Is this the correct way to handle it?
Also, just a question about inheritance I couldn't find an answer to. Is a constructor inherited? If I have Weapon::Weapon(int stuff) in the base class weapon, and a Ranged::Ranged(int stuff) constructor in the inherited class Ranged, would they both function the same way? meaning I would just use Ranged bow(parameters);?
When I tried using the constructor I ran into a couple errors. If I put it in the header file, I would get the object being multiply defined. Understandable, it would be defined in every file the .h was included in.
hmm I've never seen this problem. I always make sure header files are only included once.
You can inherit constructors, although they are not by default. It's not something I've ever done, but so long as you're using an up to date compiler, it can be done. I'm not sure if it's recommendable or not tbh. You can see a neat example of it here though: http://en.wikipedia.org/wiki/C%2B%2B11#Object_construction_improvement
(scroll down just a little) ;)
I just included the header file in items.cpp and main.cpp, and that seemed to cause problem with multiply defining any objects created with constructors in the header file.
I mean, I got it to work with externing the objects.. but this seems like a bad way to do it. I'd have to do that for every single object (not really a big deal for a small project like this I guess) and I don't know how many objects I could have.
@Mats: The problem is not the include guards. The problem is, as TC said, that if he places global variables in a header file, then multiple source files are going to declare those variables which causes linker errors.
@TC: Using extern is the correct technique if you want to do this, but I would recommend the file idea over simply having a ton of globals as it is much more extensible.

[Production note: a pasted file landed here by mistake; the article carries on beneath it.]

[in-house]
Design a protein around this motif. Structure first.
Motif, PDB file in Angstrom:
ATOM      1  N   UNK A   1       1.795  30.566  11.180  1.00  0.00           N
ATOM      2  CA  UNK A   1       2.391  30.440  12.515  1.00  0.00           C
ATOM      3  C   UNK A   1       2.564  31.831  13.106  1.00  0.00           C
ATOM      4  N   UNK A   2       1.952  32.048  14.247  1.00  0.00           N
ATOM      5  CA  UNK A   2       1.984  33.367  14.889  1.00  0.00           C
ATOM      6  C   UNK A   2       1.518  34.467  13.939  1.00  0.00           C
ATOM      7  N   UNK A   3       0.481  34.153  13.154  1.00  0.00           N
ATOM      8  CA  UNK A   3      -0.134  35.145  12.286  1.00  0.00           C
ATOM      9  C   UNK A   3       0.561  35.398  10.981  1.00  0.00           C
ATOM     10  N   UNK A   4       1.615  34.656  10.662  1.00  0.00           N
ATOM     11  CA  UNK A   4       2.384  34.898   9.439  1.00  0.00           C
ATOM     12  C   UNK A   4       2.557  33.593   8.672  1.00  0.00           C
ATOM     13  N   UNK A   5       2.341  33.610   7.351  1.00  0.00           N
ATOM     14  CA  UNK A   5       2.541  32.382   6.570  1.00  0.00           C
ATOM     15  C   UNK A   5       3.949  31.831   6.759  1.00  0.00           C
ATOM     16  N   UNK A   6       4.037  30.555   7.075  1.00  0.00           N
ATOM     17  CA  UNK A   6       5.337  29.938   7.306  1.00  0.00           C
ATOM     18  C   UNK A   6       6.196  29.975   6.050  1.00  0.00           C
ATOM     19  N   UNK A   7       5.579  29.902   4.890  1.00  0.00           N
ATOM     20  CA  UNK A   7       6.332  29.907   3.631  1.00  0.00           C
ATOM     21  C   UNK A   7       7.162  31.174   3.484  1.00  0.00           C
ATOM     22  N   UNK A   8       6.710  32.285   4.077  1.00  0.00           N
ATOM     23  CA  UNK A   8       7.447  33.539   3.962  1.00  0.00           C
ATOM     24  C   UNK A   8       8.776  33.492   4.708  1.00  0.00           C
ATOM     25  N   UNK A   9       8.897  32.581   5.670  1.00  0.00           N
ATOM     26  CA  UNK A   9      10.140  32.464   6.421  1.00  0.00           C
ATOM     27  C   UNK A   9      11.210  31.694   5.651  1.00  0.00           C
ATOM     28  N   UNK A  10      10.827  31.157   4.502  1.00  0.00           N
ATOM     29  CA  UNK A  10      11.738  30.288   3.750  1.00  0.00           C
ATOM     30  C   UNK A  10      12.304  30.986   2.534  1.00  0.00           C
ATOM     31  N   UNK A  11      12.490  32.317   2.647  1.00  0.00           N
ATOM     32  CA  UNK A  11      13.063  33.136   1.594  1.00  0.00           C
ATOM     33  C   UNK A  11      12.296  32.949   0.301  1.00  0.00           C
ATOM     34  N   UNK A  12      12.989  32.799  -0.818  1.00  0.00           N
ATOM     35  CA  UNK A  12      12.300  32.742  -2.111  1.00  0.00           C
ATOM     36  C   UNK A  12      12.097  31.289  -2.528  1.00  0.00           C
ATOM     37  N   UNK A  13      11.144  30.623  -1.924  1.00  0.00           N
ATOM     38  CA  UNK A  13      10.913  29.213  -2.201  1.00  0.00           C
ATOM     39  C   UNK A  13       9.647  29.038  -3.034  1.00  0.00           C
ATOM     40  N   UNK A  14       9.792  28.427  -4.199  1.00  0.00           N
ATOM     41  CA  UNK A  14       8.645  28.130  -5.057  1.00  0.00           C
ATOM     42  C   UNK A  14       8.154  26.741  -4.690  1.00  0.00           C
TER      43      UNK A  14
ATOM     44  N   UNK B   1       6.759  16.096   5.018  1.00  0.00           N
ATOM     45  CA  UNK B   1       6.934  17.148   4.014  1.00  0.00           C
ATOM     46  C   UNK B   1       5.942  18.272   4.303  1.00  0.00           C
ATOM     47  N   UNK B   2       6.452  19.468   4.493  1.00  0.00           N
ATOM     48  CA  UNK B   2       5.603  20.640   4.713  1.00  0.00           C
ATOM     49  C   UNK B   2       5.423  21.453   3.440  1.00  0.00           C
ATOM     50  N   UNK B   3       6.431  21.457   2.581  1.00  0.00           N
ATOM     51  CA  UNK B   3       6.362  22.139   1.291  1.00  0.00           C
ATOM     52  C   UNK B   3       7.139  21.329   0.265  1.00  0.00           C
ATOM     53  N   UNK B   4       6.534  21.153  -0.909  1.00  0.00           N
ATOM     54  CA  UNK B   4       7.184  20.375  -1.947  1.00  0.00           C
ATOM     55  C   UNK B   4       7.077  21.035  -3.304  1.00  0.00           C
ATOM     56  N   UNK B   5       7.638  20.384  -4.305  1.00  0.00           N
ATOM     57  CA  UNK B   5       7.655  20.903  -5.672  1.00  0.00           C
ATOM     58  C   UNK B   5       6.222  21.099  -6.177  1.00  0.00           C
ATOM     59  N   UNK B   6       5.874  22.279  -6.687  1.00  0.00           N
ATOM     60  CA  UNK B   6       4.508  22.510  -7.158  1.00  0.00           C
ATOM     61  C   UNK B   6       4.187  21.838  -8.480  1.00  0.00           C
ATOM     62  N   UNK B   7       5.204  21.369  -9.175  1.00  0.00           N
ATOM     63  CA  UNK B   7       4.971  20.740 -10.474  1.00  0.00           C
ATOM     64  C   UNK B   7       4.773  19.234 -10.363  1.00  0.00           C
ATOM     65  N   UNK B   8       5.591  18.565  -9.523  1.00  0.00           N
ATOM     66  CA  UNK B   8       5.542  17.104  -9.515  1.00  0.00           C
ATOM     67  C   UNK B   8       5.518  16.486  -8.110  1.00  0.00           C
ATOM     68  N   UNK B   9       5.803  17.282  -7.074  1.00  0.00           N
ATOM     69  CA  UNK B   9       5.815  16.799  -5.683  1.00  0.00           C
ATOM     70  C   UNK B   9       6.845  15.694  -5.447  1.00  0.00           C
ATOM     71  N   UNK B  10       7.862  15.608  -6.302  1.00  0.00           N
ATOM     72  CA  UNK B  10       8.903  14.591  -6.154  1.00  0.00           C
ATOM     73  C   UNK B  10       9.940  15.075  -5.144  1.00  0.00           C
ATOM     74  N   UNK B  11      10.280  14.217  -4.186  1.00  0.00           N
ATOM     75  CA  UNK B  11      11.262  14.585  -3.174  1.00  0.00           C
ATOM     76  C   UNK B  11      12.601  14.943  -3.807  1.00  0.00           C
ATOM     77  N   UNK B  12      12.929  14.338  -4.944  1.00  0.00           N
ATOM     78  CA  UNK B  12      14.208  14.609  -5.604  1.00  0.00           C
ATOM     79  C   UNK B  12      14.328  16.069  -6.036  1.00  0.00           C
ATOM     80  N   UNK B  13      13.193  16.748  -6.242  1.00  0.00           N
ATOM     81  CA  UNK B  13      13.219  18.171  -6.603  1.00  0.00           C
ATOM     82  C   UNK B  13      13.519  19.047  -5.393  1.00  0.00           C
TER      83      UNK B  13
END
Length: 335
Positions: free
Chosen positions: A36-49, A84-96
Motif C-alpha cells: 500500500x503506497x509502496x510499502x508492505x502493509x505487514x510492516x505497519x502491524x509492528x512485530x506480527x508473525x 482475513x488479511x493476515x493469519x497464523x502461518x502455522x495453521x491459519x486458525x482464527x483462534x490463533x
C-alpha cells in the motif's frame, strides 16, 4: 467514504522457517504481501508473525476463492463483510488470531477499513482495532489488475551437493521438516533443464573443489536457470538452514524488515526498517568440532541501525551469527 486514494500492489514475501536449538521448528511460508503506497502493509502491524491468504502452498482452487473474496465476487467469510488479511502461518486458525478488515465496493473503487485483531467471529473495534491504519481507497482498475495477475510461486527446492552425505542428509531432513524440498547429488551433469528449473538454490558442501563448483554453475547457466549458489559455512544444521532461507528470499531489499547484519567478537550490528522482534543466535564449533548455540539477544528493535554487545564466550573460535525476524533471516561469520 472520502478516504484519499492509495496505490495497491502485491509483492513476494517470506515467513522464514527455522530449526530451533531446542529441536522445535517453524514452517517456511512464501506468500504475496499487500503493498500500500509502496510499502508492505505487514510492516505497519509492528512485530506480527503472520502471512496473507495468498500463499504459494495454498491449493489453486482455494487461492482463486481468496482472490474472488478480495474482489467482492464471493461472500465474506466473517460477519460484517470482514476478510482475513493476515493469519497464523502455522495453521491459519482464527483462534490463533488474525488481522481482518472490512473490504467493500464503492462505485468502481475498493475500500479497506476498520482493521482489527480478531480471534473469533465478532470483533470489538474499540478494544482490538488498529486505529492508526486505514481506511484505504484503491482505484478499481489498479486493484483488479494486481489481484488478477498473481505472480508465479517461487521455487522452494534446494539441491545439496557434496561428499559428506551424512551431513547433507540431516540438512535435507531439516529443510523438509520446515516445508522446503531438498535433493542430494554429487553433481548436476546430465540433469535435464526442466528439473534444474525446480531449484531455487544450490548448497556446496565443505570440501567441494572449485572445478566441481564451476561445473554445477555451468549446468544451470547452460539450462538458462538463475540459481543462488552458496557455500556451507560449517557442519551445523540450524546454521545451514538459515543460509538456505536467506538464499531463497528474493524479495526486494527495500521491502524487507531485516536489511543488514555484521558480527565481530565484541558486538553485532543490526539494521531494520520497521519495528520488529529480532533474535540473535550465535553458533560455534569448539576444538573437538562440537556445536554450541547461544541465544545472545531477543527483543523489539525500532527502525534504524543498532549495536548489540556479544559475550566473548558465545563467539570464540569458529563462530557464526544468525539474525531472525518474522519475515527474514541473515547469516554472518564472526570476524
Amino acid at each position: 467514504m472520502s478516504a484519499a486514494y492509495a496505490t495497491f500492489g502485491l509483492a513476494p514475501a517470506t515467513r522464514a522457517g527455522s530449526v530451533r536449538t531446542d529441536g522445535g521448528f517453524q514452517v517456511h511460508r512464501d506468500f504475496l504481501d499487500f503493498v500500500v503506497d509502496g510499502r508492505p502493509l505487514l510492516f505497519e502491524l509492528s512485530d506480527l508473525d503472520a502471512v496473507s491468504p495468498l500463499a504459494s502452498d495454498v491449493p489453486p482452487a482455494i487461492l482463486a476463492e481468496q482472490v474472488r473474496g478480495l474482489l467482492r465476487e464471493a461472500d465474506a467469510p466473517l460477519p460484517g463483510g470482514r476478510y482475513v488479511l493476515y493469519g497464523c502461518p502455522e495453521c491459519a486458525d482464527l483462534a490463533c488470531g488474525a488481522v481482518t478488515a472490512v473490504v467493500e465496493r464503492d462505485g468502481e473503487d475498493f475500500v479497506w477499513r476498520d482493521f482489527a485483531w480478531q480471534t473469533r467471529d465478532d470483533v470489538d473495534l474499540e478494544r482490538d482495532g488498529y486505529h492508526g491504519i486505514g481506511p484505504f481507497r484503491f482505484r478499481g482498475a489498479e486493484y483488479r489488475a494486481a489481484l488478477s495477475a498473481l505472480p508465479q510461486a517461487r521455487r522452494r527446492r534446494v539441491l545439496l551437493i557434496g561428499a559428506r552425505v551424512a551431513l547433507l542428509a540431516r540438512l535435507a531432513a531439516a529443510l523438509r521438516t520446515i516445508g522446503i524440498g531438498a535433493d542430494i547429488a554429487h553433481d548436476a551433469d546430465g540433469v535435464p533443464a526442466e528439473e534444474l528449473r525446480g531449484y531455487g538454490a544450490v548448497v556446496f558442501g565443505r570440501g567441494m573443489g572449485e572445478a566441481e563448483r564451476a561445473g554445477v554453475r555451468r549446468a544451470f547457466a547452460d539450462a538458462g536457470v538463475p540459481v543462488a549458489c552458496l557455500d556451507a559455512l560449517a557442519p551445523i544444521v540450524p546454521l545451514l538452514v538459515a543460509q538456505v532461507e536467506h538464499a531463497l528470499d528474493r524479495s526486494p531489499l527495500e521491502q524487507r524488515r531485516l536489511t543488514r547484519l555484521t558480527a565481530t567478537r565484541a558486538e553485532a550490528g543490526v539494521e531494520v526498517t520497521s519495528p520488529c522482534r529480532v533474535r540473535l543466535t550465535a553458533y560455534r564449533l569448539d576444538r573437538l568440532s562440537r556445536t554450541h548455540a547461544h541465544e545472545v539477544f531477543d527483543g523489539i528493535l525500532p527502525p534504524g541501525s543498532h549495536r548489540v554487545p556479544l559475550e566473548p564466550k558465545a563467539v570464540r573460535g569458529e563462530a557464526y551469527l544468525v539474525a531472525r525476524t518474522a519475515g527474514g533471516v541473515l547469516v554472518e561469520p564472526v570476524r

@Mats No, the typo wasn't present in the file I just wrote that as I was typing out the reply.
@Zhuge Using the file idea, I was still going to have tons of globals.. the data for the globals would just be in the file the way I was planning it out. The constructor would get the info from the file based on an integer "id", and create an object with the data on that line of the file.
If items have an ID, you could make a map that associates an ID with an item record. That map could be filled out by reading a text file. It may be nontrivial if you are using inheritance to define your items, though. Depending on your system, it maybe be easier to just give all items the attributes of every kind of item (e.g. a cloak ay have a damage of 0 that isn't used because it is a piece of equipment, not a weapon).
On an unrelated note, I notice you have getters and setters for all the fields in your class. If those do nothing other than simply assign to/return the value of the variable, you may as well make them public.
I was planning to get rid basically all the get/sets and make the variables public, I just hadn't done it yet. Doing this as a learning experience, I was playing with the variables being private and protected.
For the ID's, I got it working with a text file of every item I have so far having an id at the beginning of its line and the constructor searching for the given ID in the text file, then reading the rest of that data on that line into the correct variables for the object. The ID is an argument for the constructor as a string type.